KANSAS CITY -- The news was about as good as could be hoped for about Royals second baseman Omar Infante on Tuesday morning.
The Royals said Infante did not sustain a concussion or a broken jaw as a result of being hit by a pitch in the seventh inning of Monday night's 4-2 win over the Rays.
Infante sustained a non-concussive head injury with a laceration on the lower left side of his face that required six stitches. He also had a sprain of his right jaw due to the impact of the pitch.
"It's a lot better than it could have been, that's for sure," Royals manager Ned Yost said.
The results came after Infante was treated and examined at the University of Kansas Medical Center.
"I think he's going to be OK," Yost said. "We're just going to have to have to take a little bit of time with him. He could hardly talk last night, he couldn't even open his jaw and that's what made me nervous, but it'll be OK."
The team had no immediate plans to place Infante on the disabled list or to recall another infielder from the Minor Leagues, according to team spokesman Mike Swanson.
"We're still evaluating our options and we'll go from there," Yost said.
Infante will be evaluated over the next 48 hours and, based on the medical team's initial diagnosis, it does not appear that he'll miss a significant amount of time.
There was deep concern after Infante was struck by right-hander Heath Bell's pitch as he led off the Royals' seventh inning because there was a large amount of blood from the wound. Infante went down after the impact, but he was able to regain his feet and walked off the field under his own power.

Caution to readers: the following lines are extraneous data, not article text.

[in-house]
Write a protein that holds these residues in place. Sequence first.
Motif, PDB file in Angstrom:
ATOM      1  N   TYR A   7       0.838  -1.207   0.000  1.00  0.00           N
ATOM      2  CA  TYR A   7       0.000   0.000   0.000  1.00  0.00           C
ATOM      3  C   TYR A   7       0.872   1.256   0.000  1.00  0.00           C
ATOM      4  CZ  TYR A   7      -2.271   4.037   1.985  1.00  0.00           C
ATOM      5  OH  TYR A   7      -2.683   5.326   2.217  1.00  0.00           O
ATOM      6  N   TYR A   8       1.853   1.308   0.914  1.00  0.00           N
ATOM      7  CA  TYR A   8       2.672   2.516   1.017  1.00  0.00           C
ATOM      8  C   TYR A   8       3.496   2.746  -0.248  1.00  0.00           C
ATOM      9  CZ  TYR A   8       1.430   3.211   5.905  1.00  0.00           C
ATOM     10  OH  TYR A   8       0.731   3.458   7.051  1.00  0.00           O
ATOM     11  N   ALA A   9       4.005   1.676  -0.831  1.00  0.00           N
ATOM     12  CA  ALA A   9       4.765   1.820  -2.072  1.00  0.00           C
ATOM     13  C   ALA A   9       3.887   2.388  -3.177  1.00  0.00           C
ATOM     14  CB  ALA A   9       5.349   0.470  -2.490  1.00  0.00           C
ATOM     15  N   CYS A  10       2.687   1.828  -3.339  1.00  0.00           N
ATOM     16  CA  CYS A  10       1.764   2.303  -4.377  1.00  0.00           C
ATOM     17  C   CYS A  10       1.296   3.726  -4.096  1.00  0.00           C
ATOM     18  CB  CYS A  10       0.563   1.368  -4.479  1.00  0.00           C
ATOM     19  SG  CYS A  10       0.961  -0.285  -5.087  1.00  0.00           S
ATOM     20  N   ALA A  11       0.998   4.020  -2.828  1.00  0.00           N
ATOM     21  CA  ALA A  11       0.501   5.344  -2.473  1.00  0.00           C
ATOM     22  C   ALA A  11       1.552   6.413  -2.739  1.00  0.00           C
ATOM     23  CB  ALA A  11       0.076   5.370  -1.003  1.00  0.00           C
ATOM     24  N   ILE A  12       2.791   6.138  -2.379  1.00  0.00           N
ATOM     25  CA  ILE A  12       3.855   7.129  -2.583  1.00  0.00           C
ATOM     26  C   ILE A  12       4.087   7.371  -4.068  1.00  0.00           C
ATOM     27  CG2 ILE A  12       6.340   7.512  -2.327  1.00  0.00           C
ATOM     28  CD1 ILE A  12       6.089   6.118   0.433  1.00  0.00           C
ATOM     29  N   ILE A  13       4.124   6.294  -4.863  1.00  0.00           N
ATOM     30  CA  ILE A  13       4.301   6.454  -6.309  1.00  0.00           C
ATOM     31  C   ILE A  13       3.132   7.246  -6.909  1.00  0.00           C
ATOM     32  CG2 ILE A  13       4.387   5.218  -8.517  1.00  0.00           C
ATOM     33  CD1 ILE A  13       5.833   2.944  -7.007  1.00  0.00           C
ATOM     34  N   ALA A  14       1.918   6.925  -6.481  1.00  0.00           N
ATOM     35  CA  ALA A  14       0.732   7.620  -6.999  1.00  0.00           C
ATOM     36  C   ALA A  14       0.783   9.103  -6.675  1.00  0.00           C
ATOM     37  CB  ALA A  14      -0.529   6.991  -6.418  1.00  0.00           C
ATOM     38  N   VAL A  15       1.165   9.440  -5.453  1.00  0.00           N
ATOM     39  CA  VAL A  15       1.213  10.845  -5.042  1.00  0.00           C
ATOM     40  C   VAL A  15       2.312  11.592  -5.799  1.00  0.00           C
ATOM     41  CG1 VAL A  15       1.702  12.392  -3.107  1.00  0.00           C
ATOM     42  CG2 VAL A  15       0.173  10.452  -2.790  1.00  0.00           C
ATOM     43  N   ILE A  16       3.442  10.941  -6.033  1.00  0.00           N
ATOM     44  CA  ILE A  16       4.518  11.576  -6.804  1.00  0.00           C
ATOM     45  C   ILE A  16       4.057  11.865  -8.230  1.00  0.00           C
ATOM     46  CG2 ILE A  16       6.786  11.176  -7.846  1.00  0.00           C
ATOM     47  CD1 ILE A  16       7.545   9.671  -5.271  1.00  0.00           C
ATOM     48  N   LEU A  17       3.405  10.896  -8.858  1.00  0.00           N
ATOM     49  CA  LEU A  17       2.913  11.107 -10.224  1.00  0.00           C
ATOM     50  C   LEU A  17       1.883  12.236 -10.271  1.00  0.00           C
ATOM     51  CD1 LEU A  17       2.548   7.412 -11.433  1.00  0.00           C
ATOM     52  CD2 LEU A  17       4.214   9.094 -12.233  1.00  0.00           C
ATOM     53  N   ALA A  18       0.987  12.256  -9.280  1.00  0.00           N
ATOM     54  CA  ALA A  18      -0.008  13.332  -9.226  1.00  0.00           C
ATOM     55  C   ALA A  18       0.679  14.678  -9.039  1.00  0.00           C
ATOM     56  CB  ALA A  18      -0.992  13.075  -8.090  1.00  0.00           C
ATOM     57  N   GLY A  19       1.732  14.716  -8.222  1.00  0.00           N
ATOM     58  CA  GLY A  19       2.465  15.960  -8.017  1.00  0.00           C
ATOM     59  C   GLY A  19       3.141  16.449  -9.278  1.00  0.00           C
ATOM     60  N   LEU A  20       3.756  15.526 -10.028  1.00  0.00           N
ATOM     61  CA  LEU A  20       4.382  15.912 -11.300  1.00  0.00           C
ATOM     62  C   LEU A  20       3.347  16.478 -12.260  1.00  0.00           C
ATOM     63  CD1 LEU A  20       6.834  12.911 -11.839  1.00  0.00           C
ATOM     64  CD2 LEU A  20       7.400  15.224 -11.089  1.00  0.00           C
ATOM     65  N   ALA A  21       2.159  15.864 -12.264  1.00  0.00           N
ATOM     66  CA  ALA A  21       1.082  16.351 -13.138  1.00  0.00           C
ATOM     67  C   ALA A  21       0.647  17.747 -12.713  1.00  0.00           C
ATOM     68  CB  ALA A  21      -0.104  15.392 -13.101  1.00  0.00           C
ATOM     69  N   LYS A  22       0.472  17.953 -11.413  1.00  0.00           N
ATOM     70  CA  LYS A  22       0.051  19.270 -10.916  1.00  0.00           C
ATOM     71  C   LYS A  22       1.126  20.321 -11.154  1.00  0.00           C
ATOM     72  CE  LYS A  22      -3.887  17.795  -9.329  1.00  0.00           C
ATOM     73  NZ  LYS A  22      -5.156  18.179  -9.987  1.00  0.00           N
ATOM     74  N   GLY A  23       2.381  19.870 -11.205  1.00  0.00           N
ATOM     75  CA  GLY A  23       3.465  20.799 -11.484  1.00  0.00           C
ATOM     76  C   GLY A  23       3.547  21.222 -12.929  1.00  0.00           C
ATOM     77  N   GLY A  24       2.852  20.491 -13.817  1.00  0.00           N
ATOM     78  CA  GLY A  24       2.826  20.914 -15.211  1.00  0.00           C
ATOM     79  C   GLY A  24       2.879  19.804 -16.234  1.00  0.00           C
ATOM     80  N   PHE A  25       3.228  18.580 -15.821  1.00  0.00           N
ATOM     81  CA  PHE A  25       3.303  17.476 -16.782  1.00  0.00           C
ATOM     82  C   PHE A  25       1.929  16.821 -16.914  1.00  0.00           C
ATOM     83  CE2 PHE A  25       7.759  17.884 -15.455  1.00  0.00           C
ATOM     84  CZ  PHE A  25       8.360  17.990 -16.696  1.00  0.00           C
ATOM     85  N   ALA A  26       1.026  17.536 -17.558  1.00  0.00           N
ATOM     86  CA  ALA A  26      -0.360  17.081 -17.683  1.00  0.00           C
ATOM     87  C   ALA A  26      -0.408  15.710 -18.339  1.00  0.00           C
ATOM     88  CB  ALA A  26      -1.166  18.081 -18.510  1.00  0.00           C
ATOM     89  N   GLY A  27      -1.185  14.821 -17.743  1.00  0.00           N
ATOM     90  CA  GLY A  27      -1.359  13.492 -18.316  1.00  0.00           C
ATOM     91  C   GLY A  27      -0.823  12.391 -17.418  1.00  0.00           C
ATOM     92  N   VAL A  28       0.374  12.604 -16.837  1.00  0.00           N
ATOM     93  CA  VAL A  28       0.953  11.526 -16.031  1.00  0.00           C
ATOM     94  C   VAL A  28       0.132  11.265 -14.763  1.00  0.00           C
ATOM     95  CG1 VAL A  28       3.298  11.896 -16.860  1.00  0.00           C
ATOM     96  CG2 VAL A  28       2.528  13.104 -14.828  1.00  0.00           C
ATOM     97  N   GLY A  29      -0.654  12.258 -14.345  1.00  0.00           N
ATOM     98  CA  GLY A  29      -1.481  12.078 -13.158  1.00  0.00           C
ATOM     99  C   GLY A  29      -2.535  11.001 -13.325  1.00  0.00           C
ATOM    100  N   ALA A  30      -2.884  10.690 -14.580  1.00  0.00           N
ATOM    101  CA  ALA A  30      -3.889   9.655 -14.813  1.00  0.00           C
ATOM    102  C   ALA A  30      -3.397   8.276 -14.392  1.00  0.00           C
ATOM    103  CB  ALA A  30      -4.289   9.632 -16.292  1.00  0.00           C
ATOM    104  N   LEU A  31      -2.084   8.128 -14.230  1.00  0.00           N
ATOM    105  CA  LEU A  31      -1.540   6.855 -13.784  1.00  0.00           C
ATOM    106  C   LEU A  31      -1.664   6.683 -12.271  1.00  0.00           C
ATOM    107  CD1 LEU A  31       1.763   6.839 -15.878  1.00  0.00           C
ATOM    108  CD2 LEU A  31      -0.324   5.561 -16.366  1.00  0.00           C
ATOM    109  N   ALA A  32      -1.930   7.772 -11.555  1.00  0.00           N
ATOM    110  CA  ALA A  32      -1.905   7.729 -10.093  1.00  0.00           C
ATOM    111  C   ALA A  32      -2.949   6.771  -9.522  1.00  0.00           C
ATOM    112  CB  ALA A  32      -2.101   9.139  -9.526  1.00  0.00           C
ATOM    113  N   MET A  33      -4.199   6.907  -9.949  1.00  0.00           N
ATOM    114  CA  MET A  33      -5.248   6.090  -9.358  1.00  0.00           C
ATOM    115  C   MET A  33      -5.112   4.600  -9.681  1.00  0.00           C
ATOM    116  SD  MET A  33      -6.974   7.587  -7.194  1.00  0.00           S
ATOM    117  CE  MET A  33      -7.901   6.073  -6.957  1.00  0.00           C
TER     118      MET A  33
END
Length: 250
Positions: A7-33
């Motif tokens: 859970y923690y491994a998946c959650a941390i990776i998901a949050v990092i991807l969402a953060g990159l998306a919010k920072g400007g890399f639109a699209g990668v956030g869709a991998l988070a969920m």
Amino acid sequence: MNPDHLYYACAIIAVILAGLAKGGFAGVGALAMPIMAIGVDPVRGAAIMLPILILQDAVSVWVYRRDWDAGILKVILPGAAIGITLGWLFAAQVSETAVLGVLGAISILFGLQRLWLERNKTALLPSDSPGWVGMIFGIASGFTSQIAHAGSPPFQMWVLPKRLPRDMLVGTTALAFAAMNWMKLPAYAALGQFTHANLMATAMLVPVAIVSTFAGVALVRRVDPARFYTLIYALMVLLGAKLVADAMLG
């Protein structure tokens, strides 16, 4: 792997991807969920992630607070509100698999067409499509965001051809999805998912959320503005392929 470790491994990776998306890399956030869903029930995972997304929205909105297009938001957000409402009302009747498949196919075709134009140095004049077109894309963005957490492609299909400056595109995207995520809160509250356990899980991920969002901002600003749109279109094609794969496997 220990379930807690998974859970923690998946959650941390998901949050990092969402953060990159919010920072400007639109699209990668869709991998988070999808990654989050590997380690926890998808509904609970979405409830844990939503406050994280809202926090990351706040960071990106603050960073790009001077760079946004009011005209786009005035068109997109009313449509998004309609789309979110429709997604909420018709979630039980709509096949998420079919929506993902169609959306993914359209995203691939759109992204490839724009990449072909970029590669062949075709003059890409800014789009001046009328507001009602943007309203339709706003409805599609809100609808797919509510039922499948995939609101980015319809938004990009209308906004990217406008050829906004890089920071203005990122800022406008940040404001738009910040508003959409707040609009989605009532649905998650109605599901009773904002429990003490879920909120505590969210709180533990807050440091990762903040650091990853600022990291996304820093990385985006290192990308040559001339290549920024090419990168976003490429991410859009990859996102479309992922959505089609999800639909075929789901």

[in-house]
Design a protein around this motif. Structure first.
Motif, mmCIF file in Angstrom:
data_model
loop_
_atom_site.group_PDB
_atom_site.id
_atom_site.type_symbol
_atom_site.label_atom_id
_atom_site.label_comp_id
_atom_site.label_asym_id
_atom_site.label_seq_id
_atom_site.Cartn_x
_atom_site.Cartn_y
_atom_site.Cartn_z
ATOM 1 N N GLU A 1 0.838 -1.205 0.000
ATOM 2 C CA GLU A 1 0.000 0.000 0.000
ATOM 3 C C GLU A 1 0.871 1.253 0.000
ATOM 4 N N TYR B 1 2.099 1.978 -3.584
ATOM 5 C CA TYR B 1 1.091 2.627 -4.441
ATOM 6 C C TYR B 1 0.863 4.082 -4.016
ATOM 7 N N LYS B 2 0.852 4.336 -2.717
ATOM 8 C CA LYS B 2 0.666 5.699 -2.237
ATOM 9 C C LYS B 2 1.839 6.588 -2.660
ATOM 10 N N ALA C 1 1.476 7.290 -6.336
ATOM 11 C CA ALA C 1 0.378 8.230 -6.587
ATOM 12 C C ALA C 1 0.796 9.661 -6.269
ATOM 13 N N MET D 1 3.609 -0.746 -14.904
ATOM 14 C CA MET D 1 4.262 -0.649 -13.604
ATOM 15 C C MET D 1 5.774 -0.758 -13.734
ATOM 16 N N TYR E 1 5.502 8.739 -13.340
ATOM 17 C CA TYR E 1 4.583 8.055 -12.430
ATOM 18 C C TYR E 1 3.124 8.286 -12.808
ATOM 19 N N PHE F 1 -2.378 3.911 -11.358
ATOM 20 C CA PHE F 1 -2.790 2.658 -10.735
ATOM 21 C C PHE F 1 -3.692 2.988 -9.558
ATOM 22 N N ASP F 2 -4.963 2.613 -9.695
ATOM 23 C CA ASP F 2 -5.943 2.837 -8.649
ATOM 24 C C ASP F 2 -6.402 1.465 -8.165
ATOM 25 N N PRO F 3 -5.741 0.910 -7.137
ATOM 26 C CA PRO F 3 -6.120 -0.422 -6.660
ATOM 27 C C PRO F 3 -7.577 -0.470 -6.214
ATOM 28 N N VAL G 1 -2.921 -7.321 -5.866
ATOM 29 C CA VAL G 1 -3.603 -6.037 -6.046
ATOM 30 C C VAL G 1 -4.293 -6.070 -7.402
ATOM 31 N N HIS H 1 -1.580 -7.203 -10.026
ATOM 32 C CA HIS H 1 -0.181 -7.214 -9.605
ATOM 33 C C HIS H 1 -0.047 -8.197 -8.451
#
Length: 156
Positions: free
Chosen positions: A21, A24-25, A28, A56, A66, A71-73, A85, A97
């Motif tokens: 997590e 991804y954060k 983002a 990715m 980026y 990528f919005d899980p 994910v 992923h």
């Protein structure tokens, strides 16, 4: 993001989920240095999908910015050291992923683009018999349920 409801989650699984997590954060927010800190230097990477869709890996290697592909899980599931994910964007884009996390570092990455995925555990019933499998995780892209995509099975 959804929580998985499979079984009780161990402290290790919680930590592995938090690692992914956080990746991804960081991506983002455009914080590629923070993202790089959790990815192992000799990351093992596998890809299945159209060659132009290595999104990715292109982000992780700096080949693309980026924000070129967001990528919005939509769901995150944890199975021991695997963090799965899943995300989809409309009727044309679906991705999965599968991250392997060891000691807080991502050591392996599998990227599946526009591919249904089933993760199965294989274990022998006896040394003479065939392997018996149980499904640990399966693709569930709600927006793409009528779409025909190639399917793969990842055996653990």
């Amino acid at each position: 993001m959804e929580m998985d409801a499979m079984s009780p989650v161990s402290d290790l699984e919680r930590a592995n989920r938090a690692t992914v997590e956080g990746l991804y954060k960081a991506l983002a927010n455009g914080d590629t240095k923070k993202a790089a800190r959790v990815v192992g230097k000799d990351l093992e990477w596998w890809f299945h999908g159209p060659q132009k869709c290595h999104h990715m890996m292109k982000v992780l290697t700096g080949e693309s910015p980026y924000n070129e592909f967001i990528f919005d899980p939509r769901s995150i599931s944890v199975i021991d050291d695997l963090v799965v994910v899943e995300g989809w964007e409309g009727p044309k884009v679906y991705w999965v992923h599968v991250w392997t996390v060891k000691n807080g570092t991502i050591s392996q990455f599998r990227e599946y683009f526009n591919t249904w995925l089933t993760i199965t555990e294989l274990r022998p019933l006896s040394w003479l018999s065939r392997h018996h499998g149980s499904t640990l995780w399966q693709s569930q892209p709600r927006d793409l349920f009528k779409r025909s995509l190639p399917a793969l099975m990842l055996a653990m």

When the Royals left Kauffman Stadium after the game, they didn't know if Infante had sustained a concussion or if his jaw might be broken.
"It could have been a real devastating situation," general manager Dayton Moore said. "It was very scary, but Omar is a terrific competitor and very strong-willed and he'll battle through it."
Yost checked on Infante before Tuesday night's game against the Rays.
"I just saw him in the training room; he's talking, he just ate something, so he's able to chew," Yost said. "It could've been a lot worse, so we really dodged a bullet there."
A quirk of fate might have helped Infante avoid a jaw fracture.
"The trainers said that, luckily, he opened his mouth at the last second," Yost said. "If he would have had his jaws closed, the odds of a fracture would have been much greater."